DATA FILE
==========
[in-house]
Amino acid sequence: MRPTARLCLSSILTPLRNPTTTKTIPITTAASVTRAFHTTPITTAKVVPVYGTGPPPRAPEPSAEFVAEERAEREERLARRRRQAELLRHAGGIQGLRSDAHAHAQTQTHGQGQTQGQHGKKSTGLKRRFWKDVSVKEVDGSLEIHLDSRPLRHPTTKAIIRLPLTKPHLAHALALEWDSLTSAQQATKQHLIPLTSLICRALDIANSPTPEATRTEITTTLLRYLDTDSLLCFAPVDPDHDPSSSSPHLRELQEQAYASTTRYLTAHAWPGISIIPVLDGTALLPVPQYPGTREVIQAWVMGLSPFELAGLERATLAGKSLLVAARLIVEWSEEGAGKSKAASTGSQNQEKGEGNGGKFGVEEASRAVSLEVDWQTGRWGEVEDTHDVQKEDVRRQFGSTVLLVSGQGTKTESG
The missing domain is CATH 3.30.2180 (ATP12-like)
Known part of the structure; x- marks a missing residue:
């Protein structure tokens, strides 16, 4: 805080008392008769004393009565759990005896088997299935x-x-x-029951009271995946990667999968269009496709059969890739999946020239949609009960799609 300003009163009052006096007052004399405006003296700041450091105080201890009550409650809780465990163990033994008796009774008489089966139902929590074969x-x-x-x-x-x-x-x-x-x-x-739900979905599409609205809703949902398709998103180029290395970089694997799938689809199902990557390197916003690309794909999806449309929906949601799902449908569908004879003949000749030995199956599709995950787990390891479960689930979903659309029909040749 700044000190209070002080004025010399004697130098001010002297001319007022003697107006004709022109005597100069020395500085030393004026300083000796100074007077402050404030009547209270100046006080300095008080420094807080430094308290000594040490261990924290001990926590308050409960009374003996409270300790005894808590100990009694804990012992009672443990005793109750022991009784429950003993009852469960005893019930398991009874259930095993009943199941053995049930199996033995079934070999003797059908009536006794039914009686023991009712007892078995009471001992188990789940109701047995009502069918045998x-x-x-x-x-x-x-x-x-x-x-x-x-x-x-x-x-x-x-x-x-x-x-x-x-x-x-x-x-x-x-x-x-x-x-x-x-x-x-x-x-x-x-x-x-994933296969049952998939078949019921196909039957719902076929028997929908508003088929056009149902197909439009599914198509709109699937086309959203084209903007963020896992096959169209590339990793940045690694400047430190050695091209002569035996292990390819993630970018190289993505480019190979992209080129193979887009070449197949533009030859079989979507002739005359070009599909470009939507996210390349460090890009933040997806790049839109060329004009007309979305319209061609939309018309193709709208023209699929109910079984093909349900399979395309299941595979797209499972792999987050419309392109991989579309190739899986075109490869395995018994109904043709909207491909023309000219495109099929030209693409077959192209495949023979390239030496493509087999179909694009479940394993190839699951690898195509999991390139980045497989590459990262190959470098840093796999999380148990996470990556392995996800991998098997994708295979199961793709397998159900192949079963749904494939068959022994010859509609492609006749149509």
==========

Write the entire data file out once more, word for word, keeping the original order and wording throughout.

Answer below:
[in-house]
Amino acid sequence: MRPTARLCLSSILTPLRNPTTTKTIPITTAASVTRAFHTTPITTAKVVPVYGTGPPPRAPEPSAEFVAEERAEREERLARRRRQAELLRHAGGIQGLRSDAHAHAQTQTHGQGQTQGQHGKKSTGLKRRFWKDVSVKEVDGSLEIHLDSRPLRHPTTKAIIRLPLTKPHLAHALALEWDSLTSAQQATKQHLIPLTSLICRALDIANSPTPEATRTEITTTLLRYLDTDSLLCFAPVDPDHDPSSSSPHLRELQEQAYASTTRYLTAHAWPGISIIPVLDGTALLPVPQYPGTREVIQAWVMGLSPFELAGLERATLAGKSLLVAARLIVEWSEEGAGKSKAASTGSQNQEKGEGNGGKFGVEEASRAVSLEVDWQTGRWGEVEDTHDVQKEDVRRQFGSTVLLVSGQGTKTESG
The missing domain is CATH 3.30.2180 (ATP12-like)
Known part of the structure; x- marks a missing residue:
């Protein structure tokens, strides 16, 4: 805080008392008769004393009565759990005896088997299935x-x-x-029951009271995946990667999968269009496709059969890739999946020239949609009960799609 300003009163009052006096007052004399405006003296700041450091105080201890009550409650809780465990163990033994008796009774008489089966139902929590074969x-x-x-x-x-x-x-x-x-x-x-739900979905599409609205809703949902398709998103180029290395970089694997799938689809199902990557390197916003690309794909999806449309929906949601799902449908569908004879003949000749030995199956599709995950787990390891479960689930979903659309029909040749 700044000190209070002080004025010399004697130098001010002297001319007022003697107006004709022109005597100069020395500085030393004026300083000796100074007077402050404030009547209270100046006080300095008080420094807080430094308290000594040490261990924290001990926590308050409960009374003996409270300790005894808590100990009694804990012992009672443990005793109750022991009784429950003993009852469960005893019930398991009874259930095993009943199941053995049930199996033995079934070999003797059908009536006794039914009686023991009712007892078995009471001992188990789940109701047995009502069918045998x-x-x-x-x-x-x-x-x-x-x-x-x-x-x-x-x-x-x-x-x-x-x-x-x-x-x-x-x-x-x-x-x-x-x-x-x-x-x-x-x-x-x-x-x-994933296969049952998939078949019921196909039957719902076929028997929908508003088929056009149902197909439009599914198509709109699937086309959203084209903007963020896992096959169209590339990793940045690694400047430190050695091209002569035996292990390819993630970018190289993505480019190979992209080129193979887009070449197949533009030859079989979507002739005359070009599909470009939507996210390349460090890009933040997806790049839109060329004009007309979305319209061609939309018309193709709208023209699929109910079984093909349900399979395309299941595979797209499972792999987050419309392109991989579309190739899986075109490869395995018994109904043709909207491909023309000219495109099929030209693409077959192209495949023979390239030496493509087999179909694009479940394993190839699951690898195509999991390139980045497989590459990262190959470098840093796999999380148990996470990556392995996800991998098997994708295979199961793709397998159900192949079963749904494939068959022994010859509609492609006749149509």